Race report

Deca-Ironman, November 2010, Monterrey, Mexico

It must be something like 20 years since I did my first triathlon. I announce, probably boasting a bit, that during 20 years of practice, I never gave up and « DNF'ed ». Still, during the last 6 years, I've been pretty much active, with several « ultras » (trail, road, triathlon...) per year. In 20 years, I moved from a very occasionnal practice, which to some extent is pretty much what fits a teenager, to a way of running which causes my doctor to raise his eyebrows when I announce him that I need yet another medical certificate. « How many miles did you say? ». A deca-Ironman, what's that beast exactly? More than 23 miles swimming, 1118 miles on a bike and 262 on your feet. What for? This isn't even the longest race. A « double-deca » is organized, same place, same start time. One can always find more « ultra » than oneself. So what's the point in flying from Europe to Mexico, cross the ocean to compete for days on a ridiculous 1.2 miles ring? Still, everything drives me back to this event. It's mythical. You take the « Ironman » distance. Something most people agree to consider long, even the longest conceivable. Then you multiplicate it by 10. Not 2, not even 3, just a plain 10 factor. Totally nuts. Each part of the race (swim, bike, run) taken alone can raise problems, including when done by « specialists ». To take the run as an example, there are races longer than 200 miles, but not that much. 100 miles is usually considered to be enough for athletes to express their talent, and after all, one must stop at some point... But why stop? I'm 35 years old, but I still have this childish curiosity that drives me and pushes me to try and know what's on the other side. I want to know. I'm not in a big hurry to get old, I can wait. So why wouldn't I try this thing, this « deca » which itches me so badly? So it's Sunday morning in Monterrey, Mexico, and I start a deca-Ironman.

23.6 miles

Race start. Swim. Stay calm. Zen. The longest I've ever done swimming is a little more than 7 miles. My training log, for the last 10 months, including races, reports I've done less than 60 miles. This is obviously not enough. My bet is that swimming, as far as triathlon is concerned, represents nothing, and that this part of the race is usually perceived as real small compared to the rest. Great. My arms look ridiculous compared to those of Uwe Schiwon, an athlete who's racing the « double » (he's gone for 47 miles...) and who swims in my lane. Mr Muscle. Arms like my legs, and legs like... well, stop comparing. The third guy in our lane is Dominique Douvier, the other French guy, whose swimming preparation is pretty much the same than mine. On the paper, we're simply not ready. But who cares, the raced is not held on paper, it's held in a swimming pool.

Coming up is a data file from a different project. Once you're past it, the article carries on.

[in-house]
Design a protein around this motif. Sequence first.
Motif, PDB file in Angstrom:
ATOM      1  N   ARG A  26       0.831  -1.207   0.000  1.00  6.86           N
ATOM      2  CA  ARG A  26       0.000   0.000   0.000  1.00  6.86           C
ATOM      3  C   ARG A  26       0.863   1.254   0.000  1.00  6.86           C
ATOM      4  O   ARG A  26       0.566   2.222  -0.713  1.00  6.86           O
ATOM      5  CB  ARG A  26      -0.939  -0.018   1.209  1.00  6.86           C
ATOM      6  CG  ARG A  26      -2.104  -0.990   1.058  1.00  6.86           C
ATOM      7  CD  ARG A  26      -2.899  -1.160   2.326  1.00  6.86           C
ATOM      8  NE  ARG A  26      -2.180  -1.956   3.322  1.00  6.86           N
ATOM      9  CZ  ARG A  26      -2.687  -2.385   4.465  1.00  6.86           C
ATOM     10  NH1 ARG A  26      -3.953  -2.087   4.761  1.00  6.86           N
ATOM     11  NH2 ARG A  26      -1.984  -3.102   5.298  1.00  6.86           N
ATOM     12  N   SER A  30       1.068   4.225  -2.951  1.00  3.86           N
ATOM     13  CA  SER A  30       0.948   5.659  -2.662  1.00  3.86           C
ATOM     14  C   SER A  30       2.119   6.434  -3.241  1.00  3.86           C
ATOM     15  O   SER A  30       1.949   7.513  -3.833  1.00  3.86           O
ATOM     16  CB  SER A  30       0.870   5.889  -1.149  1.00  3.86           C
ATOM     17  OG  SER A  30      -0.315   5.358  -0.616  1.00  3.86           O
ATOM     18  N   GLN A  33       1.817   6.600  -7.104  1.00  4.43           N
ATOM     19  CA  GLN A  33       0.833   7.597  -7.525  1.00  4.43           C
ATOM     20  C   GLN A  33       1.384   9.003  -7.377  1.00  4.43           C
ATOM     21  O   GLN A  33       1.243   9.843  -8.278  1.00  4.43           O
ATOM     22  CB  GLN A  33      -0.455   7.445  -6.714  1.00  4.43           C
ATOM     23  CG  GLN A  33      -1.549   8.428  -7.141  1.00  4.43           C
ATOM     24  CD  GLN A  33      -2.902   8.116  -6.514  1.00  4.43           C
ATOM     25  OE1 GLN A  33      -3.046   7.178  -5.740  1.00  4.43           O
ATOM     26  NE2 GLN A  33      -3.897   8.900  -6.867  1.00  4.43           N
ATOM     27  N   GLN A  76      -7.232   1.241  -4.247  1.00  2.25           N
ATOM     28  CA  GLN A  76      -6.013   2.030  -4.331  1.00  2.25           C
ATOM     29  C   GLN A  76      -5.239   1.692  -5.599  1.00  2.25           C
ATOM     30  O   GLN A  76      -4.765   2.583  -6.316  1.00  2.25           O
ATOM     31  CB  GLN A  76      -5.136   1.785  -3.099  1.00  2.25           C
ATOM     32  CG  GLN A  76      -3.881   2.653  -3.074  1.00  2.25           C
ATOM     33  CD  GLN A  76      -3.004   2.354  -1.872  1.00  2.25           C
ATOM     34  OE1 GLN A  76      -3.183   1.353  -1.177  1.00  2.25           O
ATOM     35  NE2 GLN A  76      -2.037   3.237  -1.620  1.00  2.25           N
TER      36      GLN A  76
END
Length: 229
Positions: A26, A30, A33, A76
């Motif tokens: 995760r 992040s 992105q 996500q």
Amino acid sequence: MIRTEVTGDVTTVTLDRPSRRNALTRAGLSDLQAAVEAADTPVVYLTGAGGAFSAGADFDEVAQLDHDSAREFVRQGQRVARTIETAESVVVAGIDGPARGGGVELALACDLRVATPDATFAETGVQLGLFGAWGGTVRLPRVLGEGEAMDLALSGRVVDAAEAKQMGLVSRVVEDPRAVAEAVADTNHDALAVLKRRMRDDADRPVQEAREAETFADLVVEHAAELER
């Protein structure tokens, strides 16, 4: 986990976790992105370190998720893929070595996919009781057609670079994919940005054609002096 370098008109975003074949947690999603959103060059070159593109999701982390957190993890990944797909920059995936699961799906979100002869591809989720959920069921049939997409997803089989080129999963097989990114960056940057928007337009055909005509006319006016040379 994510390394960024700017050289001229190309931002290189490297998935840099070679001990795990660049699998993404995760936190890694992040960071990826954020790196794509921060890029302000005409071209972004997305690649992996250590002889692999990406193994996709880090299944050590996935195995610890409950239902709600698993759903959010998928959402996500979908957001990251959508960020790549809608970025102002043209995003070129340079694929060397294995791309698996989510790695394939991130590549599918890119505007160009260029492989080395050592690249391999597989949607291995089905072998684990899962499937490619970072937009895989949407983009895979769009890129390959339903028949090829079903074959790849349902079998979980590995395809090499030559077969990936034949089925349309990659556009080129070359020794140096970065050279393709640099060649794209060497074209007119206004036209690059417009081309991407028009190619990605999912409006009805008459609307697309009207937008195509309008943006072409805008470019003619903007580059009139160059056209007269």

After 100 meters, I feel definitely too hot. I wait a little bit, to make sure not to take too quick a decision but after half an hour my mind is set, I take of my swimming suit. Some athletes choose to put ice cubes in their suits. Every one finds his/her own solution. Swimming without the thick suit makes it harder to keep my legs at the surface of the water, and besides I don't want to waste my legs energy in keeping them horizontal. But this 85°f water gives no real choice. Talking about the water, that one is chlored. Race director tells us it isn't, but the double guys, after more than 2 days spent in it, would swear the contrary. I'll put my suit back on 7 hours later, the water being down to 83°f. Plus I'm getting tired and fatigue makes me feel cold.

Dominique and I share a common position on this swim: it was fun until mile 12. The rest was harder. More exactly, it was painful. I never got distracted from my plan, which, for the swim, was to swim without stopping but for a planned « every-half-an-hour » break. At these stops I would drink, eat, and satisfy other low-level practical needs. I only have to think about the next 30 minutes, the rest is outside my scope, I'm not concerned. Valerie, my spouse who is about to crew me for the whole race, takes care about all the logistics. Each time I stop, she's there, with drinks, food, informations about my mileage, I need nothing else. Perfect.